8 November 2012

Namibia: Prime Minister Weighs in On Cost of Living Debate

Windhoek — Prime Minister Nahas Angula has dismissed the notion that political office-bearers have it easier than ordinary civil servants. He also said it is not true that political office-bearers have been improving their own conditions of service. He nevertheless admits that there is genuine pressure among the lowly paid workers because of inflation, which has culminated in the industrial strikes that have erupted across the country.

Expelled secretary general of the National Union of Namibian Workers (NUNW), Evilastus Kaaronda, earlier said government is prepared to fast-track salary adjustments for politicians, but drags its feet when it comes to adjusting the salaries of civil servants.

The outspoken former union boss claims government often says it has no money when it is approached to increase the salaries of civil servants, while on the other hand there is always money available for salary increments and a raft of princely perks for politicians. Kaaronda reiterated his views in an interview with New Era on Tuesday.

"Ministers have endless allowances, even furniture allowances that the taxpayer pays for. Political office-bearers thrive at the expense of ordinary Namibians," he charged.

Furthermore, the expelled unionist said some Cabinet ministers do not pay for daily living expenses such as petrol in comparison to ordinary Namibians who endure hardships. Kaaronda said the political elites do not need to take a taxi to get to work, unlike many ordinary Namibians some of whom take home a paltry salary of only N$3 500 per month. "Civil servants spend approximately N$300 per month on taxi fares; they use more than half of their salaries for basic needs and are left living a life of poverty," he said, adding that in most cases they face a daily battle to make ends meet.

But Angula, who spoke to New Era on Tuesday, countered that those statements "are not completely true".

"Yes, government established the Public Office Bearer's Commission some years ago. This commission has been reviewing the conditions of service for political office-bearers. A report has been issued recommending that benefits be improved and issued to the President. He [the President] has been considering the recommendations but no decision has been made on that report," he said to clear the air.

Angula reiterated that it is not true that political office-bearers have been improving their own conditions of service, saying while the report recommending certain increases is available, its recommendations have not been implemented yet, contrary to the impression created by some. On daily living expenses such as petrol, Angula said political office-bearers like him have a transport benefit. "When I come to work every morning, I travel with petrol that is not mine. It is part of my conditions of service as the Prime Minister. But on weekends when I decide to travel to my farm, I buy my own fuel and put it in my own car because that is a private undertaking," explained Angula.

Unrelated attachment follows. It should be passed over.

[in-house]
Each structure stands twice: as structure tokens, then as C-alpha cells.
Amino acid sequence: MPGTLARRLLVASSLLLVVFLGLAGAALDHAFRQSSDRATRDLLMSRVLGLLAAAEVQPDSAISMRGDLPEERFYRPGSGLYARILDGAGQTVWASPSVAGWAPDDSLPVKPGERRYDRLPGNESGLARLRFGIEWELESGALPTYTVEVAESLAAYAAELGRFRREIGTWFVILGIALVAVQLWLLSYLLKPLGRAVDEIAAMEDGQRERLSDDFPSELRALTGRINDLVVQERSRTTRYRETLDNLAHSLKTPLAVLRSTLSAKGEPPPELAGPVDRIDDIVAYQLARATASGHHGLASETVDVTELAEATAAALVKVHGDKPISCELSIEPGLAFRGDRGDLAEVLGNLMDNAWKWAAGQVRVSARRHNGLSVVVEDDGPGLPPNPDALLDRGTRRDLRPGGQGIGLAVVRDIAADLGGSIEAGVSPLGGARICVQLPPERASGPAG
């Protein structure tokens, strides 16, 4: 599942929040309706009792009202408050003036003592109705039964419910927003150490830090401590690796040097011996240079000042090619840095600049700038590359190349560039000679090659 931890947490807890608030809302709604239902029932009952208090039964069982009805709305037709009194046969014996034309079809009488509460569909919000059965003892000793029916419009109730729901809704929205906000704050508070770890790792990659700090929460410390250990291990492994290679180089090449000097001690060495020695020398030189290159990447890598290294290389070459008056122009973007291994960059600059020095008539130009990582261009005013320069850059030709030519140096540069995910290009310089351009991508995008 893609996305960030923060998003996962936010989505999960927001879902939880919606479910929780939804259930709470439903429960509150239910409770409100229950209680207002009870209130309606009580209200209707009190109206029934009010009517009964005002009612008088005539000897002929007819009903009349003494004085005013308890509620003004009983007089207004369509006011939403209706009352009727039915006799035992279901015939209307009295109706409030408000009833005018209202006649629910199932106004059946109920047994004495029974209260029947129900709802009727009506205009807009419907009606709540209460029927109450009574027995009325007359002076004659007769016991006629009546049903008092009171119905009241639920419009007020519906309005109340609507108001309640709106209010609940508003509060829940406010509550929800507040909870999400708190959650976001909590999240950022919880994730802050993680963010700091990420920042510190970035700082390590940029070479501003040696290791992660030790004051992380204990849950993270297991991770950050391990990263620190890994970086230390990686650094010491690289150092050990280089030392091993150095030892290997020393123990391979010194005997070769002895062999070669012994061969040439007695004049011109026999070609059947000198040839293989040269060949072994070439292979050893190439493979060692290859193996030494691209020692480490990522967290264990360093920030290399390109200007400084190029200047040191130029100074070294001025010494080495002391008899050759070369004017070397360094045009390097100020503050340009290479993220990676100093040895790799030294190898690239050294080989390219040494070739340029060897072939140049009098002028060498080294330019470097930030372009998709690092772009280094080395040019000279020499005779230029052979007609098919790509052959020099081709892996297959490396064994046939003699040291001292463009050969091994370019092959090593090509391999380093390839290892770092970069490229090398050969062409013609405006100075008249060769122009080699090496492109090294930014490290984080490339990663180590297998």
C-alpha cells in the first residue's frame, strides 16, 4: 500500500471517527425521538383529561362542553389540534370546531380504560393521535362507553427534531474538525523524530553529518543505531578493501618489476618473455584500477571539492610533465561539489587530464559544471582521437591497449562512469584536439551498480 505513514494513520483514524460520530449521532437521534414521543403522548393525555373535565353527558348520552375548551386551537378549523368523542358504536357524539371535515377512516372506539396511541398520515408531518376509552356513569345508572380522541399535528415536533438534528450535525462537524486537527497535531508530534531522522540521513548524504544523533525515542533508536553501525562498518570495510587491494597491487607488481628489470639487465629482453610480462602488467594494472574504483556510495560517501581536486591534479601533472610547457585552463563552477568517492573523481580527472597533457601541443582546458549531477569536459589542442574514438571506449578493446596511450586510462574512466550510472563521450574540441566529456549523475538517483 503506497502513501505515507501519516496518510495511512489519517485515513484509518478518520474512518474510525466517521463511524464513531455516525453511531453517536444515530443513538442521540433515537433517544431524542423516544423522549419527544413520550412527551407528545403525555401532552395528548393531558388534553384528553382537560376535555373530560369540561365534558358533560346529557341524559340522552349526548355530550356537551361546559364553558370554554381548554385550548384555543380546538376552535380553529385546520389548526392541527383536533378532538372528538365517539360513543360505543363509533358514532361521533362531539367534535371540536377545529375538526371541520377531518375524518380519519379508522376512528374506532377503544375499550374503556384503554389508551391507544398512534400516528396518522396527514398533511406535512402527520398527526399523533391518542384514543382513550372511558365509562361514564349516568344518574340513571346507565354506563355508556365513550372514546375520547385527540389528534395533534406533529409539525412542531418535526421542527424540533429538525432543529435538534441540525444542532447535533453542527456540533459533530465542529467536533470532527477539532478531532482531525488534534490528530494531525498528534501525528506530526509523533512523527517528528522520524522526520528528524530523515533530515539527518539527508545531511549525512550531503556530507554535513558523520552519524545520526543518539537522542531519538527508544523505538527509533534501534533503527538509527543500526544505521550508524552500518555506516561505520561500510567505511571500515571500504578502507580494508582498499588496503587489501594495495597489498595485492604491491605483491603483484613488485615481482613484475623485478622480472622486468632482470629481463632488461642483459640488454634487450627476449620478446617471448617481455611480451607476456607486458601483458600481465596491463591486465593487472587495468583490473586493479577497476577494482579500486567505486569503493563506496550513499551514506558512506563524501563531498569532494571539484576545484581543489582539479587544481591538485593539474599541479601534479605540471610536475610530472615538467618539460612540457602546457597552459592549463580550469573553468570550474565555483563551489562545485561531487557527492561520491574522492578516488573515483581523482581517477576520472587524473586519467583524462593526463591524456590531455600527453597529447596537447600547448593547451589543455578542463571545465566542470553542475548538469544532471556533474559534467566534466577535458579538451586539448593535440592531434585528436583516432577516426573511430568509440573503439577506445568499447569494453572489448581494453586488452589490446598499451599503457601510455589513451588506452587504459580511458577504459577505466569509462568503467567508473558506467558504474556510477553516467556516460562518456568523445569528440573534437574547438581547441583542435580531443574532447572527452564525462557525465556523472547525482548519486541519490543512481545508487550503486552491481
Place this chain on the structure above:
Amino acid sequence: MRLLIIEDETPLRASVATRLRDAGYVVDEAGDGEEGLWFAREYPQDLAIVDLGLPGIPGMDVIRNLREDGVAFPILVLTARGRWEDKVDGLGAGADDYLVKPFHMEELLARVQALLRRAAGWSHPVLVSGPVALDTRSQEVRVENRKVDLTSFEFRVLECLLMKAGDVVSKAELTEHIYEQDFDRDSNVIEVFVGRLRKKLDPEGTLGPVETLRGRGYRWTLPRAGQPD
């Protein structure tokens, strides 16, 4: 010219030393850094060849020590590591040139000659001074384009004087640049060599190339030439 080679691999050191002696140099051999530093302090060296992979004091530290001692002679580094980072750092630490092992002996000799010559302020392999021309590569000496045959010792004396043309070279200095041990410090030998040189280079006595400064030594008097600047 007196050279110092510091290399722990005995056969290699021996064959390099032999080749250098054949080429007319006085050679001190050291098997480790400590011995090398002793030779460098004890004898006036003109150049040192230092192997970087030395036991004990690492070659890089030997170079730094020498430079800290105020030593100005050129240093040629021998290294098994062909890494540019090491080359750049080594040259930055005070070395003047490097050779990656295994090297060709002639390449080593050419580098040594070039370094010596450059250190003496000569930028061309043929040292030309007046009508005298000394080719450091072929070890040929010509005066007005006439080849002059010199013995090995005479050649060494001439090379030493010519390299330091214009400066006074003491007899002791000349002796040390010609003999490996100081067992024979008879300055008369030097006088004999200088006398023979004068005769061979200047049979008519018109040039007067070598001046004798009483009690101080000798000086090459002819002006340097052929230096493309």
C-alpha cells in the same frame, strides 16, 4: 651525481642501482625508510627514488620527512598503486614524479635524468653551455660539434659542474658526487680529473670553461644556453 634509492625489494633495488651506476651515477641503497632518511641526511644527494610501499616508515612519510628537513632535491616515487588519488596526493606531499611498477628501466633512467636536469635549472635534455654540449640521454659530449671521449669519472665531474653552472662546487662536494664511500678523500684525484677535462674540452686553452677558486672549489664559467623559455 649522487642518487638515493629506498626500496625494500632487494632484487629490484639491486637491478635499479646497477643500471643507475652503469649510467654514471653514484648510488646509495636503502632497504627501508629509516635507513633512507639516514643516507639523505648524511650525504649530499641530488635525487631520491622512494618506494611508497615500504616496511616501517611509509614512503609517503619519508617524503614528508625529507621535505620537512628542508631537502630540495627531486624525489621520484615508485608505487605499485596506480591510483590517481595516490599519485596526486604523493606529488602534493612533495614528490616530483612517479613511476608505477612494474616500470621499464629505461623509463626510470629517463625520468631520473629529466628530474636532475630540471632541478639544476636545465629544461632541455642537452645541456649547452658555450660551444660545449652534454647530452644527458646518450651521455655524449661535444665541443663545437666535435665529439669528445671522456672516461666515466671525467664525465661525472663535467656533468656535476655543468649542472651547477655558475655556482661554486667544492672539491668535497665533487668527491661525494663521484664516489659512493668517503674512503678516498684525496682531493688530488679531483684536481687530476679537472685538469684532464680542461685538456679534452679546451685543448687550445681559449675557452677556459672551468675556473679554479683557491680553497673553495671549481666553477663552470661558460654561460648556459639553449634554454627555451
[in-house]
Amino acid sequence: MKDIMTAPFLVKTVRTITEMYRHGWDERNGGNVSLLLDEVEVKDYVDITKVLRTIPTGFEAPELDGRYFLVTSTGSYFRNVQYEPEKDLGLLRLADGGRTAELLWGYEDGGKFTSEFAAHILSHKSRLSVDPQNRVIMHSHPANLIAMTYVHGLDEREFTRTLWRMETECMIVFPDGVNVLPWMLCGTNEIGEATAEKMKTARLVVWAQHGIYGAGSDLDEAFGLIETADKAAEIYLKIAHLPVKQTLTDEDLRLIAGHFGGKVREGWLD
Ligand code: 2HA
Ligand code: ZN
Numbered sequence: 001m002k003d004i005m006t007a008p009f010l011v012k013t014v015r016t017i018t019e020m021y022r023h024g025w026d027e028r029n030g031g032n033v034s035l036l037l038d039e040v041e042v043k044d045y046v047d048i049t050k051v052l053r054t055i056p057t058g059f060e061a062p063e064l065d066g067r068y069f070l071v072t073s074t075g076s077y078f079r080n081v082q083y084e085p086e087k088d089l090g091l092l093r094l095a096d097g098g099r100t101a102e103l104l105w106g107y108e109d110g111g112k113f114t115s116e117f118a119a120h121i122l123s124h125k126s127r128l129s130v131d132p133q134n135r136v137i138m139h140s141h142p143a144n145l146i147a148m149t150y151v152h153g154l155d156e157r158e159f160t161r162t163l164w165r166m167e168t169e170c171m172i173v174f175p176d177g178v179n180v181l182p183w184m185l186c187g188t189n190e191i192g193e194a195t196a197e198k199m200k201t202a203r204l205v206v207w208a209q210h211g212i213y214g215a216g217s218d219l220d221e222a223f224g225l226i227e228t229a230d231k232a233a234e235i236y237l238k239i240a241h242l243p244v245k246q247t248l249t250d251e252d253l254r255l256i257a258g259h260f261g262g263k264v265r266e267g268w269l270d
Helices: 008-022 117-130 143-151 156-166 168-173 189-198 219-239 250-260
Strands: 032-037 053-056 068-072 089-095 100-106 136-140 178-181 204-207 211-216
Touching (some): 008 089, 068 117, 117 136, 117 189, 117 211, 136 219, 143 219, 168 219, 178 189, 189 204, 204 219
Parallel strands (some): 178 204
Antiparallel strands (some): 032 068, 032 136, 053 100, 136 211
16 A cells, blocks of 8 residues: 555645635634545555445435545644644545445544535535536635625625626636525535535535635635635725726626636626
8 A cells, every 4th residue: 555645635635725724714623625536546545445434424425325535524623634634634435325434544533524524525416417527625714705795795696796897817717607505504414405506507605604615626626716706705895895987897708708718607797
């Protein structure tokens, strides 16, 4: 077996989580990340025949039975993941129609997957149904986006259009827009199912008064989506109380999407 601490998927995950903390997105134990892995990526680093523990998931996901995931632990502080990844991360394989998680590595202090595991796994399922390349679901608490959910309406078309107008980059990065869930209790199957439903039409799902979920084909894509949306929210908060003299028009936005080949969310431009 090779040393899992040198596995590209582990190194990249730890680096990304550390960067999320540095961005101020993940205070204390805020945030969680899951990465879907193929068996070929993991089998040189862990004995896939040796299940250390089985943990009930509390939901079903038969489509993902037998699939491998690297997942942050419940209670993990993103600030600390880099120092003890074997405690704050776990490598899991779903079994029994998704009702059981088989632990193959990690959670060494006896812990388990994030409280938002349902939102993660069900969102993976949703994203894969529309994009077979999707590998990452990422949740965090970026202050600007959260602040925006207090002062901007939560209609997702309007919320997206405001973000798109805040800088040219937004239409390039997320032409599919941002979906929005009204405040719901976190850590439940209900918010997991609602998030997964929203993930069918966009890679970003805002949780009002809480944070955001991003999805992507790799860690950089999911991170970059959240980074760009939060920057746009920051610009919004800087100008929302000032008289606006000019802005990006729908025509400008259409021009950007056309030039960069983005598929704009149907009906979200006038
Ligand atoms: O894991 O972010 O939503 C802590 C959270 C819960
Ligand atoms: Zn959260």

"There might be some political office-bearers who use public transport for private business, but I have no evidence to that effect. I make a difference between my private business and public business," stressed the Prime Minister who is known for being modest and down to earth.

On the genuine pressure among the lowly paid workers because of inflation, he said government is sympathetic to the plight of the lowest paid workers and that it tried to alleviate this pressure by deciding that anyone earning a yearly salary below N$40 000 should not pay personal income tax.

In spite of this, individuals have to pay sales and value added taxes at the shops and inflation is catching up with them. Because of this pressure, some of the workers are lured by micro-lenders to borrow money and are charged exorbitant interest rates that erode their disposable income, he admitted.

"They find themselves in a difficult situation to pay back the loans and end up working for micro-lenders every month," he said, adding that people are preparing for the festive season and everyone wants some extra cash in their pockets.

On the situation of the middle and upper level salaried groups, Angula admitted that people want to have assets and roofs over their heads when they retire. "For them the question of housing and transport is key to the improvement of salaries or conditions of service," added the Prime Minister.

He also emphasised that Namibians can only build a better country if they work within the law. "If we ignore our own laws, we create a condition of anarchy and chaos. Whatever grievances we have, let us solve those grievances in respect of our own laws. I hope that the negotiation teams will conclude their negotiations in the shortest time possible," said Angula.

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